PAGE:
To allow for shifting weather, Silversea has built a wide “takeoff window” for the charter flights into the itinerary. The line also has blocked extra nights at the hotel in Chile where passengers begin the trip, so passengers have a place to stay if the charter planes to Antarctica are delayed from flying to the continent for a day.
In our case, though, the flight to Antarctica went off without a hitch. We took off at 10:04 am, just about on schedule, and landed exactly 2 hours and 8 minutes later.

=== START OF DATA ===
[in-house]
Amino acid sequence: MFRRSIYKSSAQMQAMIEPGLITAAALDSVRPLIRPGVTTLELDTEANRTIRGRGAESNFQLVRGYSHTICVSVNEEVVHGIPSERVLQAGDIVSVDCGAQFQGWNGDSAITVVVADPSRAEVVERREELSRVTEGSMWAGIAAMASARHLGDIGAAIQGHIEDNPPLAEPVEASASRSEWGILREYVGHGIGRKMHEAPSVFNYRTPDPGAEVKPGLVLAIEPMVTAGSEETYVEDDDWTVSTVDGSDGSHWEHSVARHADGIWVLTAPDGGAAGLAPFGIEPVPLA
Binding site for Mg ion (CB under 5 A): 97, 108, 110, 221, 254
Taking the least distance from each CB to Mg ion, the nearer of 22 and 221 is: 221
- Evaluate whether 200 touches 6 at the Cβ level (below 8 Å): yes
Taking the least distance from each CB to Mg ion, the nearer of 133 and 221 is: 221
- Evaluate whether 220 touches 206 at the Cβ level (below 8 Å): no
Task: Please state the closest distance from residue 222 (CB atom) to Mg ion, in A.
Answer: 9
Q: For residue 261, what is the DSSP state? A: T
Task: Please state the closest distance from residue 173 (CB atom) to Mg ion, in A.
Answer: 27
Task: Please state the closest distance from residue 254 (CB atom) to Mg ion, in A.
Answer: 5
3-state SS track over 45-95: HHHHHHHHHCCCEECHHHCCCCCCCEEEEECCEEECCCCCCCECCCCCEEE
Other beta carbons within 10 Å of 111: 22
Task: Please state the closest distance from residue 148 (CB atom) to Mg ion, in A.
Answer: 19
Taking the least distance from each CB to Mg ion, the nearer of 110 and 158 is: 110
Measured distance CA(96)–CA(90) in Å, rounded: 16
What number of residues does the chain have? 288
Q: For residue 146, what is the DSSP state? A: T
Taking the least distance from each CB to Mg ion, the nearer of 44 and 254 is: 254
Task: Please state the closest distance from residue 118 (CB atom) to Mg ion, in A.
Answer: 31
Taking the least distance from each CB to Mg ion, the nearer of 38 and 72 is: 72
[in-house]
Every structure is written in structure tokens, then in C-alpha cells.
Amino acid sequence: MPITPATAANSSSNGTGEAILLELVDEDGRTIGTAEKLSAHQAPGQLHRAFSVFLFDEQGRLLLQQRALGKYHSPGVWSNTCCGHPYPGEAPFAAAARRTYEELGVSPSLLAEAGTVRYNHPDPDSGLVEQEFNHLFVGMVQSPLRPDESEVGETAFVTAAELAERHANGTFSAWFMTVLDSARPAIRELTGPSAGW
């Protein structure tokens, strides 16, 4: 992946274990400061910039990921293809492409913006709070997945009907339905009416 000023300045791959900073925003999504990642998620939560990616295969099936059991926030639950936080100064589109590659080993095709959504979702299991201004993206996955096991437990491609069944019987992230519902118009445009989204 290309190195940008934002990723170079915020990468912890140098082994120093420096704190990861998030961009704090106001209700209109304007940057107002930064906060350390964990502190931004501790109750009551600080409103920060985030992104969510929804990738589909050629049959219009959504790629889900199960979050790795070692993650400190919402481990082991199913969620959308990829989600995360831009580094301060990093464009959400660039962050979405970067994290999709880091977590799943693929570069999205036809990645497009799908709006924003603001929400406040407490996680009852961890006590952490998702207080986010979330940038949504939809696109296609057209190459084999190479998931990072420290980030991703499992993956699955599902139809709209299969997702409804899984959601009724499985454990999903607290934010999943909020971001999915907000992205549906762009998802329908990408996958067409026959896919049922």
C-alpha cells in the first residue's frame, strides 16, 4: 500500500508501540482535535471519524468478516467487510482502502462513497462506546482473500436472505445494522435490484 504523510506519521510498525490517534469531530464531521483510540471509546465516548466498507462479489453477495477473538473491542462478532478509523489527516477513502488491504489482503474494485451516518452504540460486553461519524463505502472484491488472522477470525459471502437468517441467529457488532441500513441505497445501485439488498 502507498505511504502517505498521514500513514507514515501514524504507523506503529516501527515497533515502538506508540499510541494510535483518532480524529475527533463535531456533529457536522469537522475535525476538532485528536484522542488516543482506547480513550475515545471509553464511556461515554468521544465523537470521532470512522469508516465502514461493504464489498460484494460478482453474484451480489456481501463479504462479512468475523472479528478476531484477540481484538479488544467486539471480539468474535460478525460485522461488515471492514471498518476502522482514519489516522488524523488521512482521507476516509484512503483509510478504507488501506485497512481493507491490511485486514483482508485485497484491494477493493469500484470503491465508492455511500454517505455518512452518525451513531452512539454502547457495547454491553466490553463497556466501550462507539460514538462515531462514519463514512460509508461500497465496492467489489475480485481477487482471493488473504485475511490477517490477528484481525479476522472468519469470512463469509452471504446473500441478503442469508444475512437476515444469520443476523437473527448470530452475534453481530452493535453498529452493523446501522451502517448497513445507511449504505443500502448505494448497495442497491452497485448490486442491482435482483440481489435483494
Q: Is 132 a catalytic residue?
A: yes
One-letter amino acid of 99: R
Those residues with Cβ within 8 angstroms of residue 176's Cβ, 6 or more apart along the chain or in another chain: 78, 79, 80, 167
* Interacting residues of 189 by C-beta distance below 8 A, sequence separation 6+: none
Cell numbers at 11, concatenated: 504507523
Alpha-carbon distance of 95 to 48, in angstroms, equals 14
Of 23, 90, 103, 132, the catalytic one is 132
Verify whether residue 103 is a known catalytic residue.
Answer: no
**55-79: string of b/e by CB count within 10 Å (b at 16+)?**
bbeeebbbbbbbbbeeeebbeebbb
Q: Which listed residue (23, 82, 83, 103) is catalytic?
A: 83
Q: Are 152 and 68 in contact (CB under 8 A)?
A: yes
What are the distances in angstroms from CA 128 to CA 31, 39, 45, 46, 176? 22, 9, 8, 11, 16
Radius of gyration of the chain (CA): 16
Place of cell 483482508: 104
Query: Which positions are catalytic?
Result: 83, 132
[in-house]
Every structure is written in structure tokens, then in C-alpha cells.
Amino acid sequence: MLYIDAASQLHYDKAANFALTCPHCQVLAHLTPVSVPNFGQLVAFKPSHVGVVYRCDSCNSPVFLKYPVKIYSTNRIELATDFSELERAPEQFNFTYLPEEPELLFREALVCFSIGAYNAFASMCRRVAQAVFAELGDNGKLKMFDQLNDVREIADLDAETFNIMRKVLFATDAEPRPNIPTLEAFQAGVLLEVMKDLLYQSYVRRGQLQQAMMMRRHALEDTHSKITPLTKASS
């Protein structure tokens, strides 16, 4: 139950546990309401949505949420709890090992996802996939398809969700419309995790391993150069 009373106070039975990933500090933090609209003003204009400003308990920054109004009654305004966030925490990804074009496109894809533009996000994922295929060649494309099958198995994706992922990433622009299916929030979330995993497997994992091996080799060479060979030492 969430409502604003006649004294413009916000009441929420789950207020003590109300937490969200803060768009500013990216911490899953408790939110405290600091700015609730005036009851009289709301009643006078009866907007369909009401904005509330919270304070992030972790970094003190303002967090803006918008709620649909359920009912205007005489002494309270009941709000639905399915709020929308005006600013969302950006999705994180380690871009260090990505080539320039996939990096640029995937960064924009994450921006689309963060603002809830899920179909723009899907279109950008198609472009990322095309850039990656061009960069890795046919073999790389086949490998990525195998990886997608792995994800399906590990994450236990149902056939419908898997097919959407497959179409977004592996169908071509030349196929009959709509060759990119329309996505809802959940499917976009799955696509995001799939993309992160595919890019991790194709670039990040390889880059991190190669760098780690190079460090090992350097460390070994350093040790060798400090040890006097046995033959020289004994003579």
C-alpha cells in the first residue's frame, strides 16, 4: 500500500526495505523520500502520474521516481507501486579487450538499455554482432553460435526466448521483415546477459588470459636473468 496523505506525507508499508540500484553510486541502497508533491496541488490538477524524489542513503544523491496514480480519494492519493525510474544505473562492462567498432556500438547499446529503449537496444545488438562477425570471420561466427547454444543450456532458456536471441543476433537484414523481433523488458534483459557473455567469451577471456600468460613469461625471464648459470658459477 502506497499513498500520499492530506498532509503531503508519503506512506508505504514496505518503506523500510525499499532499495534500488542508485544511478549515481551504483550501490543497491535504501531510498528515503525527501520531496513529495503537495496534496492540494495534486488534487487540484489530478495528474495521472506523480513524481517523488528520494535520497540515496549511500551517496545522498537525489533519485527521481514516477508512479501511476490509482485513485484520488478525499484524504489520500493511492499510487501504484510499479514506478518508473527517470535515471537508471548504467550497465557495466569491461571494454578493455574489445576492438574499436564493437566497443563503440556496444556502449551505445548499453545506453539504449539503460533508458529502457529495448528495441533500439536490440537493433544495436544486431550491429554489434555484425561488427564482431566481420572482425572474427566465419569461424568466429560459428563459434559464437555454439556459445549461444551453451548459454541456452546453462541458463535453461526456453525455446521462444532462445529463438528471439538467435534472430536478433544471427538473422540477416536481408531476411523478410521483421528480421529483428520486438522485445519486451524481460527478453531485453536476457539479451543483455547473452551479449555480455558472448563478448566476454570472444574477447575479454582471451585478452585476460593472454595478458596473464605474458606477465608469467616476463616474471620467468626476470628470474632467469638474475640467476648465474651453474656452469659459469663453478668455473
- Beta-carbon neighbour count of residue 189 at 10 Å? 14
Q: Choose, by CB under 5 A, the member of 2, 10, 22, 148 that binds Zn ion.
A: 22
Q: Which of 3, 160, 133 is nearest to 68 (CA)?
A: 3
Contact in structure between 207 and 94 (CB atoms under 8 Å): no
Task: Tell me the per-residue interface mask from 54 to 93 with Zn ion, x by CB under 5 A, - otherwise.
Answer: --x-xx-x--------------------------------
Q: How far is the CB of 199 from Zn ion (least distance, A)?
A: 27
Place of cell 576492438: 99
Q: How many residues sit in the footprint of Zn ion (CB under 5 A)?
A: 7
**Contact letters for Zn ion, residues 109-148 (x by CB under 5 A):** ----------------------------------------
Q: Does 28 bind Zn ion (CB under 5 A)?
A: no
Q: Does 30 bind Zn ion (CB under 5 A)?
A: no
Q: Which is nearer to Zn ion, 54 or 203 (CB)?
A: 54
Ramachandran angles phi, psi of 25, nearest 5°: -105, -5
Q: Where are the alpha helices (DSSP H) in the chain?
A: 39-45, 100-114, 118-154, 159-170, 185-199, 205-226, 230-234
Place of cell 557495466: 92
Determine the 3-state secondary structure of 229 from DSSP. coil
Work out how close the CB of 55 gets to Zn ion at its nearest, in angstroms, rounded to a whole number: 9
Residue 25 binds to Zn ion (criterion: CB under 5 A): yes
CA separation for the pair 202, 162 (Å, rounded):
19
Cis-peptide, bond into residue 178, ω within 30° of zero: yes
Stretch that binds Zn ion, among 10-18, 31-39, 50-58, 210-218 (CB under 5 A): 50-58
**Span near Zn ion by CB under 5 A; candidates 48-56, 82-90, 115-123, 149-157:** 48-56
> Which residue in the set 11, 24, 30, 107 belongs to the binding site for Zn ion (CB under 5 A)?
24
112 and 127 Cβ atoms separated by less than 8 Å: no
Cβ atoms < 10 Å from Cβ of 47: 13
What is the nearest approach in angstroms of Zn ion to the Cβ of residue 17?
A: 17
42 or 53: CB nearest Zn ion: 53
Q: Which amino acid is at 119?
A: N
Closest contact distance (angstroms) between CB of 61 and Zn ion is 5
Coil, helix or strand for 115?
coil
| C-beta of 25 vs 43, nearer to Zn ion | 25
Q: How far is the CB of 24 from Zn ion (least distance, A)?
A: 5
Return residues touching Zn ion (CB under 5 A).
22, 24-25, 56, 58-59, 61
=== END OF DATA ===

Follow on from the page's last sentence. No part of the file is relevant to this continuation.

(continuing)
The flight, notably, was perfectly smooth. There wasn’t a single turbulent moment in our crossing of the Drake Passage.
As someone who has suffered through a roller coaster-like ride across the Drake Passage in the past, I see that as quite a big advantage to this new itinerary.
It’s hard to argue with perfectly smooth.
TPG’s Gene Sloan will be reporting live this week from Silver Explorer as it sails on one of Silversea’s first Antarctica Bridge itineraries. You can find all of his dispatches on his author’s page.
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Featured image by Gene Sloan/The Points Guy.